ORLANDO – When Michael Murphy left his vice president position at Symantec in 2011, he thought moving from a security-focused software company to one that is known for its server, application and desktop virtualization services would be a big leap. But as he’s come to know during his five years (and counting) as vice president and country manager, Citrix Systems Inc. is also a security company.
“Without being called a security vendor or categorized as a security company, we manage and solve a lot of security challenges because it’s embedded in everything we do and offer,” he tells CDN at Citrix’s 2017 Synergy conference in Orlando. “Citrix enables people and organizations to work the way they want to work, and provides platforms, applications, and desktop management tools in a straightforward and secure way. Our consistent approach in the last 28 years has really positioned us to help people with that security conversation.”
He says that while Canadians have generally been more conservative and reserved when it comes to adopting and implementing new technologies, such as the cloud, because of their security concerns, this has transformed in recent years.
“There’s a good reason for this mentality: we were never the single greatest target for cyber threats, but that’s changing,” Murphy explains. “We always think it’ll happen to someone else, but the digital landscape has changed and Canadian companies need to stop sitting back on our heels and lean forward into being proactive about security.”
Moving to the cloud – securely
The cloud has presented a prime opportunity for Canadian organizations to do this, Murphy continues. With Microsoft Azure and Amazon Web Services both recently opening data centres in Canada, companies can now offer cloud storage solutions that meet the country’s rigorous data residency and privacy regulations, which require data to be stored in Canada.
“Now that the big providers have cloud presences in Canada, its jumpstarted deeper conversations about what our customers want, how we can move their Citrix workloads to the cloud, and how we can protect that information,” he says. “The data sovereignty issue is a legitimate concern but now I think all those traditional barriers are gone.”
However, he highlights some hypocritical activity by the federal government – for which Citrix provides secure email and web services – that is sending mixed messages to other organizations.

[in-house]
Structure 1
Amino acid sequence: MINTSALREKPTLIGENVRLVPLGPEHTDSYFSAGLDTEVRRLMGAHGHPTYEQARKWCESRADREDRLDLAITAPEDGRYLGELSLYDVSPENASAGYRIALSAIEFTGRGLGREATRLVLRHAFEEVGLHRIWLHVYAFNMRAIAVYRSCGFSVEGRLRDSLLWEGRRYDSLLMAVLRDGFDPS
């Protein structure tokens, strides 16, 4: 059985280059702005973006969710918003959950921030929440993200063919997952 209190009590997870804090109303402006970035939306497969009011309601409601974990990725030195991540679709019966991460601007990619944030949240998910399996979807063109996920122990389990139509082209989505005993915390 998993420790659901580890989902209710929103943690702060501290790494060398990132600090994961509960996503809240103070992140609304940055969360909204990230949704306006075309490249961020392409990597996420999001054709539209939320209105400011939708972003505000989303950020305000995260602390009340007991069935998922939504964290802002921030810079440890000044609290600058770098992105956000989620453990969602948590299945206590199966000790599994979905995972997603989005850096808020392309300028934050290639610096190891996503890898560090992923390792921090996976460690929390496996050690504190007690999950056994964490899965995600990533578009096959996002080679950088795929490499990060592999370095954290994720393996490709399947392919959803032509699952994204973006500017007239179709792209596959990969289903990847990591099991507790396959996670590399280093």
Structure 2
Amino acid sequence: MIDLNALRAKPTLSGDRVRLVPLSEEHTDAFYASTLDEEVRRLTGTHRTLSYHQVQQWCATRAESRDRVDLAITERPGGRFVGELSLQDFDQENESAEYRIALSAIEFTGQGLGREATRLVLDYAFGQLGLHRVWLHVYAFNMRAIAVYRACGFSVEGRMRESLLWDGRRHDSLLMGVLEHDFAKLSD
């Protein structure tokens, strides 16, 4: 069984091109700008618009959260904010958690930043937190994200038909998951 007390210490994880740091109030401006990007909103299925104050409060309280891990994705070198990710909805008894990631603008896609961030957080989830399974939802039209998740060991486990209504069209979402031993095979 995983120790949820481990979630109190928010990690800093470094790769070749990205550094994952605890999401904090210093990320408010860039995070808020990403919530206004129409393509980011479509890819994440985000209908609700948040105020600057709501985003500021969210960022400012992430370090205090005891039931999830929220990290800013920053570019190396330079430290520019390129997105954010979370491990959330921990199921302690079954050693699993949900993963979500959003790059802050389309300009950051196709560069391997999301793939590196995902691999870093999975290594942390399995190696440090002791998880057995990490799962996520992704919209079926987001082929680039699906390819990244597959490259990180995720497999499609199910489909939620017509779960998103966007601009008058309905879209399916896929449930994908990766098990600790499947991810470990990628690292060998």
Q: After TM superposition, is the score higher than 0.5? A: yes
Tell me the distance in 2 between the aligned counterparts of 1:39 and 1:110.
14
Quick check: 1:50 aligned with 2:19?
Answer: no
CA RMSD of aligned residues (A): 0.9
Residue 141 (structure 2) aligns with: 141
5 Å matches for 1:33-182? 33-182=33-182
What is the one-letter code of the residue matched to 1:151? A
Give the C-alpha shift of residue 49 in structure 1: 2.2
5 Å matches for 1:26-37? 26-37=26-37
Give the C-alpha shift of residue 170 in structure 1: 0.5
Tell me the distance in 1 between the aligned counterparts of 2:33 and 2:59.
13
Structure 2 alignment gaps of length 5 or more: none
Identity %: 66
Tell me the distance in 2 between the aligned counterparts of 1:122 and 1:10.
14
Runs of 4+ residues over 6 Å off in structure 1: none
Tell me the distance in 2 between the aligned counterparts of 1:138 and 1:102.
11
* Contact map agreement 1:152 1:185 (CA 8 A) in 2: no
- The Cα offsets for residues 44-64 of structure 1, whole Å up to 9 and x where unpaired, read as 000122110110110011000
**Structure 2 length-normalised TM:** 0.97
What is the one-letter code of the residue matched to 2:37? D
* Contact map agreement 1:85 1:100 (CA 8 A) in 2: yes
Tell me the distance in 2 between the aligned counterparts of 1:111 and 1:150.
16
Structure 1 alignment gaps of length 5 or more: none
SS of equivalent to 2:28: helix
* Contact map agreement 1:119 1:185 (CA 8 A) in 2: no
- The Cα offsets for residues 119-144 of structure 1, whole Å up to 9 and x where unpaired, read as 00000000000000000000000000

“[The government] wants data to stay local, which is somewhat ironic because there are some federal agencies that talk about how they’ll never go to the cloud if it’s not in Canada because of privacy concerns, but in the background they’re using US-based cloud services and enterprise file sharing or synching solutions,” he points out.
And while Murphy agrees that they are saying the right things, seeing them not walk the walk can be frustrating. But on the other hand, it’s not necessarily the government doing this purposely.
“If government staff aren’t getting the right technology that’s easy to use and provides a good end user experience, that end user will go around the rules and find a better solution on their own and bring it to work,” he explains.
This shadow IT has created “a back door” around policy that can undermine security measures. Murphy uses a recent meeting with a Member of Parliament (MP) as an example.
“We’ve set up a secure email server in Parliament that doesn’t allow cutting or pasting from emails to any other app, which is a great security feature we talk about all the time. I shouldn’t be able to read an important email and decide to copy and paste its contents to Twitter or Facebook, but this MP wants to do exactly that so they can share with their constituents,” he says.
But as Murphy tells CDN, this MP has gotten around the security rule by forwarding the email to their Gmail account so that when they log in from another location, they can copy and paste from there.
Murphy stresses that he’s not picking on the government, but is using this as an example to show how difficult it is to make security a priority when MPs must answer to both their political party and the constituents that voted them in, as well as balance both government and parliamentary business.
“All of these ‘personas’ should be kept separate, but when they do need to connect, the end user will find the lowest common denominator – like Dropbox for easy file sharing or Gmail for avoiding email restrictions – to get around policies and guidelines in place,” he adds. “Citrix can help them manage those personas and provide infrastructure to help keep them separate, as well as provide additional security for when they do need to connect.”
When asked what Citrix is hoping to achieve in the next few years in Canada, Murphy says that the company is planning to stay its course. Citrix recently opened a new modern and collaborative-oriented office in Markham, just north of Toronto, and is looking to continue being a pragmatic, secure provider of technology for its customers.
“I don’t think now is the time to throw caution to the wind and start something new. I think if you agree that the path you’re on is the right path, you need to stick with that path for a period of time, and that’s what we’re going to do in Canada,” he concludes. “We’re going to keep offering simple and secure products to our customers, and help them use technology in their workspaces.”